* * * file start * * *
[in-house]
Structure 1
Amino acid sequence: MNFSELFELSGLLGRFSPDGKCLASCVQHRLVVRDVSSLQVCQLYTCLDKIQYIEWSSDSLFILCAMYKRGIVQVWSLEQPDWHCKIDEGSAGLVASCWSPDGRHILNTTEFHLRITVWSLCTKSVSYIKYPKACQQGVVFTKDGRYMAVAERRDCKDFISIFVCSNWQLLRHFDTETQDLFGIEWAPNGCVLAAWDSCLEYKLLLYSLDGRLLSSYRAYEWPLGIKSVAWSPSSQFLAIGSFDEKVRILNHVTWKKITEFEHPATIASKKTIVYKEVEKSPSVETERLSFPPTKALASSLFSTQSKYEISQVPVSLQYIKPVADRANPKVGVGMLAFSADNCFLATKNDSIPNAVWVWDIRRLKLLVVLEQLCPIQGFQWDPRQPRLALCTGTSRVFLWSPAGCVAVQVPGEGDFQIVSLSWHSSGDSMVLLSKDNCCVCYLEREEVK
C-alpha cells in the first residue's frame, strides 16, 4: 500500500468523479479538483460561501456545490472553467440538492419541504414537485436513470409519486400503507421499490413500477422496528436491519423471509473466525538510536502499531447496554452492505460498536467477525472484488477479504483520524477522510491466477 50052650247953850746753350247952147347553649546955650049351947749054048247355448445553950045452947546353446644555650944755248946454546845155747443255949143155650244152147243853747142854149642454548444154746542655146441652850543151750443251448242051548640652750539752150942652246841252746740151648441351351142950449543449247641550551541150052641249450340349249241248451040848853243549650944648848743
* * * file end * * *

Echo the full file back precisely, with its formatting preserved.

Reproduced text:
[in-house]
Structure 1
Amino acid sequence: MNFSELFELSGLLGRFSPDGKCLASCVQHRLVVRDVSSLQVCQLYTCLDKIQYIEWSSDSLFILCAMYKRGIVQVWSLEQPDWHCKIDEGSAGLVASCWSPDGRHILNTTEFHLRITVWSLCTKSVSYIKYPKACQQGVVFTKDGRYMAVAERRDCKDFISIFVCSNWQLLRHFDTETQDLFGIEWAPNGCVLAAWDSCLEYKLLLYSLDGRLLSSYRAYEWPLGIKSVAWSPSSQFLAIGSFDEKVRILNHVTWKKITEFEHPATIASKKTIVYKEVEKSPSVETERLSFPPTKALASSLFSTQSKYEISQVPVSLQYIKPVADRANPKVGVGMLAFSADNCFLATKNDSIPNAVWVWDIRRLKLLVVLEQLCPIQGFQWDPRQPRLALCTGTSRVFLWSPAGCVAVQVPGEGDFQIVSLSWHSSGDSMVLLSKDNCCVCYLEREEVK
C-alpha cells in the first residue's frame, strides 16, 4: 500500500468523479479538483460561501456545490472553467440538492419541504414537485436513470409519486400503507421499490413500477422496528436491519423471509473466525538510536502499531447496554452492505460498536467477525472484488477479504483520524477522510491466477 50052650247953850746753350247952147347553649546955650049351947749054048247355448445553950045452947546353446644555650944755248946454546845155747443255949143155650244152147243853747142854149642454548444154746542655146441652850543151750443251448242051548640652750539752150942652246841252746740151648441351351142950449543449247641550551541150052641249450340349249241248451040848853243549650944648848743